6. Starting in August, attempts at intimidation against Christians in Mosul were reported with a dramatic increase in violence in the first two weeks of October. Over 2,200 families, more than 10,000 individuals, have reportedly fled their homes and most have sought temporary shelter in the Ninawa plains, leading my Special Representative to publicly express concern and strongly condemn the killing of civilians on 12 October. The development comes at a very sensitive time, and against a backdrop of heightened political tensions regarding the unresolved issues of minority representation in the provincial elections and disputed internal boundaries.

7. The process of integrating the approximately 100,000 members of the Sons of Iraq into government structures commenced on 1 October when 54,000 fighters in the Baghdad area came under Iraqi supervision. The Government assumed responsibility for the salaries of group members on 1 November. Over time, the Government plans to find jobs for members in the army, police or elsewhere in the public sector. Their satisfactory incorporation into government organs and civilian life will be a key determinant in consolidating security and stability gains in Iraq as State security forces take on increasing responsibility and improve their capacities across the country.

Regional developments pertaining to Iraq

8. Diplomatic engagement between Iraq and countries of the region increased significantly during the reporting period. Several Arab ambassadors arrived in Baghdad to resume the functioning of their Governments' embassies, including representatives of Jordan, Bahrain, Kuwait, the Syrian Arab Republic and the United Arab Emirates. Egypt has indicated that it will reopen its embassy in the near future. The Arab League appointed a new representative in Baghdad, Egyptian diplomat Hani Khallaf, who took up his post on 6 October. The Organization of the Islamic Conference has also reopened its offices in Iraq. On 11 August, King Abdullah of Jordan became the first Arab Head of State to travel to Baghdad since 2003. The Prime Minister of Lebanon, Fouad Siniora, visited shortly thereafter on 20 August. Sheikh Mohammed Bin Zayed Al Nahayan, the Crown Prince of Abu Dhabi, visited Baghdad on 7 October following a visit by Prime Minister Al-Maliki to the United Arab Emirates in July. The Prime Minister of Turkey, Recep Tayyip Erdo=F0an, also visited Baghdad on 8 July to promote cooperation between Iraq and Turkey and create a higher strategic cooperation council between the two countries.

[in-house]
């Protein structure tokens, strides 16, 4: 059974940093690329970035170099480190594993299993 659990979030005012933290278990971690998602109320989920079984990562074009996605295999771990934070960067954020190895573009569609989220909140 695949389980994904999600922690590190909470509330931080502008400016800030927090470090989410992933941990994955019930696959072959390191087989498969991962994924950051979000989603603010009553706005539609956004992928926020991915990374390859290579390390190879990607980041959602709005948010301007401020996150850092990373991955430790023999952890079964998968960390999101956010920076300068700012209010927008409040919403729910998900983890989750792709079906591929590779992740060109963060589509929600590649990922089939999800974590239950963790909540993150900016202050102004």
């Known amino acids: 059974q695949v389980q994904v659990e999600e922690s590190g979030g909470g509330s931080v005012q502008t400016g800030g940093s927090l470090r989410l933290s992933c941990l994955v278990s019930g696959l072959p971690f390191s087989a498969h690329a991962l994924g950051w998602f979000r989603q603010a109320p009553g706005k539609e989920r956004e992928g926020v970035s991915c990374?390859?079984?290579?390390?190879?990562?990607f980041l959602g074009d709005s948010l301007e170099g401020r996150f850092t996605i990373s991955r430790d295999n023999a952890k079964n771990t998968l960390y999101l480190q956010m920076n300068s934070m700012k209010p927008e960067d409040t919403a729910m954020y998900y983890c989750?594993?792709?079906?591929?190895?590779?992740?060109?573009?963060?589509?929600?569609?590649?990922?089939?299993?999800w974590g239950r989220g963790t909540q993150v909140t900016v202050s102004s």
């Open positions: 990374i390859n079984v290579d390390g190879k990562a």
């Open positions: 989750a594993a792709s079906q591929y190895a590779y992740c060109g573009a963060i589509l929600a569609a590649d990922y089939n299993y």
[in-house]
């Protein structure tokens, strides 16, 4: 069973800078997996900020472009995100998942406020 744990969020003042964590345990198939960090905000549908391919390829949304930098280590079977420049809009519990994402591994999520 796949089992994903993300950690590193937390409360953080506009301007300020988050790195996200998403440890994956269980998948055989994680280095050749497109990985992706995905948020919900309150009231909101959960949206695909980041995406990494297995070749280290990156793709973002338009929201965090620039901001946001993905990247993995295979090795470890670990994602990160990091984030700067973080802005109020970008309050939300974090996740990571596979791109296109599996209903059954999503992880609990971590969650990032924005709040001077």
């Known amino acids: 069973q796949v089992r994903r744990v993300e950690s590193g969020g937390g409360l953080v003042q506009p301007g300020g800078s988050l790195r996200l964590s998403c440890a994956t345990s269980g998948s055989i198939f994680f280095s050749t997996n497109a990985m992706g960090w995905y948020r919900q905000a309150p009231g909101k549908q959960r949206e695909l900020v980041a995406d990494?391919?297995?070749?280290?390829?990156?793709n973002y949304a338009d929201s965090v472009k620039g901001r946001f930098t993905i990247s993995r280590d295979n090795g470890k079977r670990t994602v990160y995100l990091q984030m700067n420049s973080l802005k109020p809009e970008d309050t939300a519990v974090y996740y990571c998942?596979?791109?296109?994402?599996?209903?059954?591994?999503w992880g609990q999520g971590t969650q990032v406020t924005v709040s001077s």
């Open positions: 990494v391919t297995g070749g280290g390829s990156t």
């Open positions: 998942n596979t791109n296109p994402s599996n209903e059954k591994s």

9. On 26 October, United States forces from Iraq launched an attack on a house in the village of Sukkariyah in the Syrian Arab Republic. I expressed my deep regret over the loss of civilian lives and I called for regional cooperation to solve issues of common concern, including border security. The situation in the region is fragile and we therefore must stay focused on initial positive steps towards regional dialogue.